While premier-designate Dwight Ball waits for an update on the state of Newfoundland and Labrador's finances, CBC News has learned that low oil prices and a drop in production will cause an already record deficit to grow.
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The new deficit forecast is $1.8-billion, according to multiple sources with direct knowledge of government finances.
That's a stark increase from the budget day forecast of $1.18-billion.
That shortfall is caused almost entirely by the slumping oil economy.
Overall revenues are down $700 million from what the outgoing Progressive Conservative government projected in its April budget.
Briefing documents being prepared for new government
Sources say these updated numbers are contained in briefing documents being prepared for the incoming government as part of the transition of power.
The gloomy financial picture creates a challenge for the Liberals as one of Ball's core election promises was to roll back a two percentage point increase in the harmonized sales tax, which the PCs announced in the last budget.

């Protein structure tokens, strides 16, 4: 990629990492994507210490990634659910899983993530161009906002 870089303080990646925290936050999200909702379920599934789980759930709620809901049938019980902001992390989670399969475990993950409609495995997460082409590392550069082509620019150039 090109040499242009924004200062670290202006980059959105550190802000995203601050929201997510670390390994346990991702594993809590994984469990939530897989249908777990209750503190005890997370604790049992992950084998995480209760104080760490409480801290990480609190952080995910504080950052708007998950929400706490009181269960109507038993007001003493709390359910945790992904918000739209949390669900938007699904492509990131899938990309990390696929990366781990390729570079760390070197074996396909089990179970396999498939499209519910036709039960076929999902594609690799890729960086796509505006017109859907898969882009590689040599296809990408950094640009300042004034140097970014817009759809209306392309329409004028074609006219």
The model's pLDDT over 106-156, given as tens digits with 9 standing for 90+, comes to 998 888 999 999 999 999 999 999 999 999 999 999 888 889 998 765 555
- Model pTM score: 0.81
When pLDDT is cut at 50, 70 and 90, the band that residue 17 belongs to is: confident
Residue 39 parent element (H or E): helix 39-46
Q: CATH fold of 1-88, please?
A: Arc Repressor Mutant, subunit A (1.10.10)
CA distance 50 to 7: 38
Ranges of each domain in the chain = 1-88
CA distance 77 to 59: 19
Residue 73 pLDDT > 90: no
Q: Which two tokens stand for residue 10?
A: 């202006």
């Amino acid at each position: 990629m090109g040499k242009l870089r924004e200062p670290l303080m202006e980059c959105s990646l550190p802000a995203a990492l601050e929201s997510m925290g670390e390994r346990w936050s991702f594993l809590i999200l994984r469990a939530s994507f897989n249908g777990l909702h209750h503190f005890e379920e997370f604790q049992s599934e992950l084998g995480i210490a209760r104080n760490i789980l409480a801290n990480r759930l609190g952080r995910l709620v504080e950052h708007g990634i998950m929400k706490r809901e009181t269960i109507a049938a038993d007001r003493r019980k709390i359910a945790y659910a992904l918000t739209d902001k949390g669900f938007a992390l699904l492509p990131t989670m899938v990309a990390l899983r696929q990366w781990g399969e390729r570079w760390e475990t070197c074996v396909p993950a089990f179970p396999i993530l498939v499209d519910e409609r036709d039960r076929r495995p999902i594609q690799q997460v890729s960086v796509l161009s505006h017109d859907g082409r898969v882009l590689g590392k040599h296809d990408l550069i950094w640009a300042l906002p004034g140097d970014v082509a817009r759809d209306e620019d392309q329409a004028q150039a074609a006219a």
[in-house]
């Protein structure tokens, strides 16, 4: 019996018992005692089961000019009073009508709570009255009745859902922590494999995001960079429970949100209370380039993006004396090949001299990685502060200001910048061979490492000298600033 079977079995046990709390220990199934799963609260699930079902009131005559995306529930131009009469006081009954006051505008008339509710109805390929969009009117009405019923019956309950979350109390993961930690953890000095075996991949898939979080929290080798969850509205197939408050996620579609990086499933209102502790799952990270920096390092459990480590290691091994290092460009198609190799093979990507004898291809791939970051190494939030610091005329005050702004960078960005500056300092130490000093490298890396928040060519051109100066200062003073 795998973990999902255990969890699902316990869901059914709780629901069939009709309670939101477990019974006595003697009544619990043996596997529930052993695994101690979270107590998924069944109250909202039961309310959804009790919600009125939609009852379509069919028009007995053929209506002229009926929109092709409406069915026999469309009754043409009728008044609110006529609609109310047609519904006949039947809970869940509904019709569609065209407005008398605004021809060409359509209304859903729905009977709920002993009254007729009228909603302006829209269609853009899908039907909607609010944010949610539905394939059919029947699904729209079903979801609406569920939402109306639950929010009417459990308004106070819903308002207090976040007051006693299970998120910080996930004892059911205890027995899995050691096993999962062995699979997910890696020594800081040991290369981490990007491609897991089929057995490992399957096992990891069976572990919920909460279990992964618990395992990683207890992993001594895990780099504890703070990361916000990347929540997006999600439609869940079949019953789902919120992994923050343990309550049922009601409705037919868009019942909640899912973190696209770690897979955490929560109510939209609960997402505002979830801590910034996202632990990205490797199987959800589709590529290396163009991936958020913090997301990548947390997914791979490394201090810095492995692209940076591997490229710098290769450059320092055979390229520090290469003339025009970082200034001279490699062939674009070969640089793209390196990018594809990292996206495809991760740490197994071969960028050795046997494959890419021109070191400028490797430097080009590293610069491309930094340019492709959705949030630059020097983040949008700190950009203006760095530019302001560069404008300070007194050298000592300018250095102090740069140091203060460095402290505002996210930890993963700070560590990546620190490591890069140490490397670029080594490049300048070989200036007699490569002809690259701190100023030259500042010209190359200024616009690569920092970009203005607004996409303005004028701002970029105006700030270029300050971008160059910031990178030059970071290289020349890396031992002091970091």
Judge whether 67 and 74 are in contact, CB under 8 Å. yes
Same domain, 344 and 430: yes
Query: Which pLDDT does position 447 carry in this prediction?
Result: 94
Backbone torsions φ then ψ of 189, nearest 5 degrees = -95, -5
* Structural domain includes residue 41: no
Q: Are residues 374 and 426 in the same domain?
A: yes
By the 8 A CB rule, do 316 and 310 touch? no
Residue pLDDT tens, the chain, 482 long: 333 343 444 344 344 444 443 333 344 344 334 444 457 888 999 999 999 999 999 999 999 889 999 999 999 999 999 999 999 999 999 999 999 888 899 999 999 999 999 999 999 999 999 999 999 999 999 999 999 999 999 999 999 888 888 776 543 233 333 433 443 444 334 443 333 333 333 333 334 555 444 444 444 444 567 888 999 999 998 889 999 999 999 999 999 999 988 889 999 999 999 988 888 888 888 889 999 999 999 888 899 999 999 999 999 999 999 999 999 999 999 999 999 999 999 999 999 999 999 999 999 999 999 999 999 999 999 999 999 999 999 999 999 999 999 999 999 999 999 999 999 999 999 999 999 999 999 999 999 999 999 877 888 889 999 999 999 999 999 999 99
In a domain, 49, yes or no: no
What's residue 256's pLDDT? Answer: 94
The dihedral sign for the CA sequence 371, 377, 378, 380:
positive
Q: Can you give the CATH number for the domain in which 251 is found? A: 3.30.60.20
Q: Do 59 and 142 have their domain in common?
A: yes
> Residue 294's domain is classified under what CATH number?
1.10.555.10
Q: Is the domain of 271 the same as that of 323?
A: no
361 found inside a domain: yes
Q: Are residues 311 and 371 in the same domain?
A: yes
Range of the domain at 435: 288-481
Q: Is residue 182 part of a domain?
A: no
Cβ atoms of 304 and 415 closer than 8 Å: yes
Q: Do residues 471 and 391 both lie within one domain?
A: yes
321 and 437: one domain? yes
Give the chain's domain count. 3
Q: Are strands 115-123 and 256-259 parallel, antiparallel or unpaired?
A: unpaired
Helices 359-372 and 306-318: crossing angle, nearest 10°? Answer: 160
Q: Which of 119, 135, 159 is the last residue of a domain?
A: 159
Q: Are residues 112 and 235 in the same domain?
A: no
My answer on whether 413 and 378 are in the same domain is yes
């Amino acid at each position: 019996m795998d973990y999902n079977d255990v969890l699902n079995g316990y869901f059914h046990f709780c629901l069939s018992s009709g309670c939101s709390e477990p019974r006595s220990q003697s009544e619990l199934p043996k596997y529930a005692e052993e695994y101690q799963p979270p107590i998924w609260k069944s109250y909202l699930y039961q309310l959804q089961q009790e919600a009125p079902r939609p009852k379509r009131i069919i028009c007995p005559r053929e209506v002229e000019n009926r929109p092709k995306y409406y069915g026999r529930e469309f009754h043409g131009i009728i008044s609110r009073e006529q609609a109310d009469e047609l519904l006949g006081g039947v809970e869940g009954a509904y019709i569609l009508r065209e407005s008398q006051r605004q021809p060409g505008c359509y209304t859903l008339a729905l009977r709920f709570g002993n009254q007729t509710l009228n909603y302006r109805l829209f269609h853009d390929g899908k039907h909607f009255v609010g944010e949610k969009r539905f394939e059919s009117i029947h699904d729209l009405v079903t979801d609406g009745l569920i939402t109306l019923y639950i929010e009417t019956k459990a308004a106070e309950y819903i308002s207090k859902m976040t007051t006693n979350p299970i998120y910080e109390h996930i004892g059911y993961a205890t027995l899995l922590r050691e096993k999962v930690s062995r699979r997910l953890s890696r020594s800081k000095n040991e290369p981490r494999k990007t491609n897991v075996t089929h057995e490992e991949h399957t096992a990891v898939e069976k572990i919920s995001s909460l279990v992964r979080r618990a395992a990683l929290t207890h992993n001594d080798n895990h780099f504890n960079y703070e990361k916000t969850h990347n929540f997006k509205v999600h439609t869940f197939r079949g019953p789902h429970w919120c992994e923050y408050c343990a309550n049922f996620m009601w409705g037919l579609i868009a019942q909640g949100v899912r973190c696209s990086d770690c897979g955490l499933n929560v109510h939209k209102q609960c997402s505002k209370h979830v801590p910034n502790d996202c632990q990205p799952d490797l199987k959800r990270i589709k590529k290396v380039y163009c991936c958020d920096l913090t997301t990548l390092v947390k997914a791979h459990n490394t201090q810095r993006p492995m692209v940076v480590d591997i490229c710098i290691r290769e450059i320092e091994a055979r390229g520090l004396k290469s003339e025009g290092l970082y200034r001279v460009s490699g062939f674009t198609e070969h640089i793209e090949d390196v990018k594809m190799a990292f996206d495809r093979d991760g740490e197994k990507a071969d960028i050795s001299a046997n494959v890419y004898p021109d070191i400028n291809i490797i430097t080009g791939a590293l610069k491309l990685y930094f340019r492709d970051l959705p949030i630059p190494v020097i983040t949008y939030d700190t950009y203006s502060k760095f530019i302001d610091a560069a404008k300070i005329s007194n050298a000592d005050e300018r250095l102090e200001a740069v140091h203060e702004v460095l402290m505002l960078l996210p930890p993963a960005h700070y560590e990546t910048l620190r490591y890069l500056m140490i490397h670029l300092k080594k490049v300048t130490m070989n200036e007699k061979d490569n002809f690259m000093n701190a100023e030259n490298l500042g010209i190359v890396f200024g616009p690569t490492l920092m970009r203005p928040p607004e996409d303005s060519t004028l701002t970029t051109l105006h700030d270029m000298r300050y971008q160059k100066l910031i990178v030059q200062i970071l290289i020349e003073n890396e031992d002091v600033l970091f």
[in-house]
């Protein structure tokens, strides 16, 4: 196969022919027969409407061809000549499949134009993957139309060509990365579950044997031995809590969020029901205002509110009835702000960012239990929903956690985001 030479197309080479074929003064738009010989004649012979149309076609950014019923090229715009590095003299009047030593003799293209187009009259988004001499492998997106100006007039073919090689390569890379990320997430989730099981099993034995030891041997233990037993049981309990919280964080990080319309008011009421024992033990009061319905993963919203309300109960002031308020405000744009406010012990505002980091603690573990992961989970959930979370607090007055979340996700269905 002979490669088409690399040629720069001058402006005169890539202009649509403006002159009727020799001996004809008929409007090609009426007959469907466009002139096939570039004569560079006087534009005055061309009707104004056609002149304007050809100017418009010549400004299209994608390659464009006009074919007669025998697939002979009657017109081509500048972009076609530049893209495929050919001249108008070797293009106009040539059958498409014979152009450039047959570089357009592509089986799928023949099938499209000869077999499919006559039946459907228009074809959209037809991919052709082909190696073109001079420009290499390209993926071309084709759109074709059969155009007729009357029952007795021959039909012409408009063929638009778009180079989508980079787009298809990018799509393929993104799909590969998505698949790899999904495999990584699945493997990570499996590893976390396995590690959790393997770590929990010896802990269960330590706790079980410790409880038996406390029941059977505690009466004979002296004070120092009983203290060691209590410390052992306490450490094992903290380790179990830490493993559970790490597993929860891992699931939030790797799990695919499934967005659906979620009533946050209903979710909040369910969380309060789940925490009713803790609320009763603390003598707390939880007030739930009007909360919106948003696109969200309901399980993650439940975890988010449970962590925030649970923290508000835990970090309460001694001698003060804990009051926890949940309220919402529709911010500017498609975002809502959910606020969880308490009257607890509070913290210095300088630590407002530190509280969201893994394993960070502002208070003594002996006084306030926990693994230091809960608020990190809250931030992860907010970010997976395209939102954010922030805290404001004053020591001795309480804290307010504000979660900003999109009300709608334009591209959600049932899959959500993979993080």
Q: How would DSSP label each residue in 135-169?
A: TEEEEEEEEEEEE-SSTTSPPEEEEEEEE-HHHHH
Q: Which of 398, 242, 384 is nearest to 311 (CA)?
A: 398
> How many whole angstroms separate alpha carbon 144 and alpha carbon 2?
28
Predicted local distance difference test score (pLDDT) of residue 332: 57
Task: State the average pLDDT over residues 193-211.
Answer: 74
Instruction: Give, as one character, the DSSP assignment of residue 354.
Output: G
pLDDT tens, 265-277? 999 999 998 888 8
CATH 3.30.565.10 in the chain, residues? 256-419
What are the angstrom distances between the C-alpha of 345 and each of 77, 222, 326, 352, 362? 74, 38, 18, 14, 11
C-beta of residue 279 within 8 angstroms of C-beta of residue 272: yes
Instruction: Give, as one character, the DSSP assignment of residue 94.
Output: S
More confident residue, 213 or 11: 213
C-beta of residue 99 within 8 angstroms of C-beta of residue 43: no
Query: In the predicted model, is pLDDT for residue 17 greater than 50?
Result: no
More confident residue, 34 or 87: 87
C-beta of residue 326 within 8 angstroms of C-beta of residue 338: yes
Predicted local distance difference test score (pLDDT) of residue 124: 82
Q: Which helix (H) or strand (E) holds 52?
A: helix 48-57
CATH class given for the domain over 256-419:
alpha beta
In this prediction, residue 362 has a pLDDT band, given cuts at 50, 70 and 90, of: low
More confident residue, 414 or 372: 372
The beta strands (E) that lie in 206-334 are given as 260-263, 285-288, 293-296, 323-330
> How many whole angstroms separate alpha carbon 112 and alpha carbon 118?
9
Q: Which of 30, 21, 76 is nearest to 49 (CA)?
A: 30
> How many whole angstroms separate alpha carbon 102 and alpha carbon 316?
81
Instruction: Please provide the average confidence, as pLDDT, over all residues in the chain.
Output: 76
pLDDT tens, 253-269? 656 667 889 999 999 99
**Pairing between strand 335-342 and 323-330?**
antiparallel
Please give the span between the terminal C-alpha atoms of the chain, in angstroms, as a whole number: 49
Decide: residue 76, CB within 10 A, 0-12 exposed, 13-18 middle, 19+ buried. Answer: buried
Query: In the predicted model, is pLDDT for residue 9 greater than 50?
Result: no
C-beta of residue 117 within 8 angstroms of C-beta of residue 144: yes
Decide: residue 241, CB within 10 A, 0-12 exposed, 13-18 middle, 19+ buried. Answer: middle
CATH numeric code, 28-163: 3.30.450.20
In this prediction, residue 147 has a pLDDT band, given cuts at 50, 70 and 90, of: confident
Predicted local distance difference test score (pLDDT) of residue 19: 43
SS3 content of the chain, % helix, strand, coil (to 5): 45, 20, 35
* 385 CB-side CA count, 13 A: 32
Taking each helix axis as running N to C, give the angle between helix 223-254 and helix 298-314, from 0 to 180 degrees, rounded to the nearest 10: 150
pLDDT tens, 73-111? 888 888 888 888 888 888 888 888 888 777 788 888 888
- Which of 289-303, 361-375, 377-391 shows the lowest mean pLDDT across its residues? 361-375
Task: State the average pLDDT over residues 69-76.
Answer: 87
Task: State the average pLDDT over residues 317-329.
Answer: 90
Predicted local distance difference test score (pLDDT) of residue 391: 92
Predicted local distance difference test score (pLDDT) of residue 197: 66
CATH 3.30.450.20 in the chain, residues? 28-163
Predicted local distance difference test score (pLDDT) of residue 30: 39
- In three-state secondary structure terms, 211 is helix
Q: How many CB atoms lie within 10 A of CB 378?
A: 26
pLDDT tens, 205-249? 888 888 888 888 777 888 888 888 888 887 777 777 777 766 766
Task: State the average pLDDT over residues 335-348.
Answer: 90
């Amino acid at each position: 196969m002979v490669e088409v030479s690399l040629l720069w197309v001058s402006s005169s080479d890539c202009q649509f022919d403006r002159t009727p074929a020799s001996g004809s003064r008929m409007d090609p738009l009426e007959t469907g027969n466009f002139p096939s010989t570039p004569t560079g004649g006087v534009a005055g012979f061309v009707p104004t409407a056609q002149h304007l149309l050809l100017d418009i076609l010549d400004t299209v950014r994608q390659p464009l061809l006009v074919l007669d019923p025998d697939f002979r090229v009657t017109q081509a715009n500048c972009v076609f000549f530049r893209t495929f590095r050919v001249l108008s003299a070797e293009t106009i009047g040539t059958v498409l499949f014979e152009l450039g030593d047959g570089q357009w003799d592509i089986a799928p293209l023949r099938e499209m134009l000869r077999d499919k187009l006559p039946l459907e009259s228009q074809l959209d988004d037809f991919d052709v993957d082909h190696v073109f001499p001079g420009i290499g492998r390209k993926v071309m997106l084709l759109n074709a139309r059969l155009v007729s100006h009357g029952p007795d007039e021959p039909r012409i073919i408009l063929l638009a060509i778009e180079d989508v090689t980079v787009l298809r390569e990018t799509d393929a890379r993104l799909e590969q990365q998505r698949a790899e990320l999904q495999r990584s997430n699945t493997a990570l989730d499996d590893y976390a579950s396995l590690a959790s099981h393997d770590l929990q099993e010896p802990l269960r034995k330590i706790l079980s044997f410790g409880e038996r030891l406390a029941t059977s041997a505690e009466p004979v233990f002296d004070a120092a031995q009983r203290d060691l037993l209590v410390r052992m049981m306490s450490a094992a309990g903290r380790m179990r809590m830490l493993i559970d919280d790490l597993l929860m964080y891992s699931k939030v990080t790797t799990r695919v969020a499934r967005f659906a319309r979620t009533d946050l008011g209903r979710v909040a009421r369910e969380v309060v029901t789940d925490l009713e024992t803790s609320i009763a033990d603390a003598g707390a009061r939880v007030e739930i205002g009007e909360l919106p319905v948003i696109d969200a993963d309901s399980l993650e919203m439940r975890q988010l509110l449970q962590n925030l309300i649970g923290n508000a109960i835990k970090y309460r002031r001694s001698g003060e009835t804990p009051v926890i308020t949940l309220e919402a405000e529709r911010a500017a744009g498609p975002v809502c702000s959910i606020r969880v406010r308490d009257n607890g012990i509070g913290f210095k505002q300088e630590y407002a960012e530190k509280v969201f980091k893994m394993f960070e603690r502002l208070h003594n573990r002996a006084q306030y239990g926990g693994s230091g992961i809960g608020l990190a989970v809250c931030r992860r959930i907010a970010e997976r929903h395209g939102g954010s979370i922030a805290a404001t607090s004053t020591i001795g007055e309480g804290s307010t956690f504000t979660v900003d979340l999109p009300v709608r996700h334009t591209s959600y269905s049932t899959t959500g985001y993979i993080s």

If Ball follows through with the HST promise — and he says it will be the first priority of his government — it would create another $200-million hole in the government's revenue stream and potentially push the deficit past the $2-billion mark.
The Liberals did anticipate a larger deficit due to low oil prices, and factored that into the financial costing of their election platform.
But the Liberal numbers were well below this $1.8-billion deficit mark.
This is the number the PCs would have used in their December fiscal update had they held on to power. It would be the largest deficit ever recorded by a wide margin.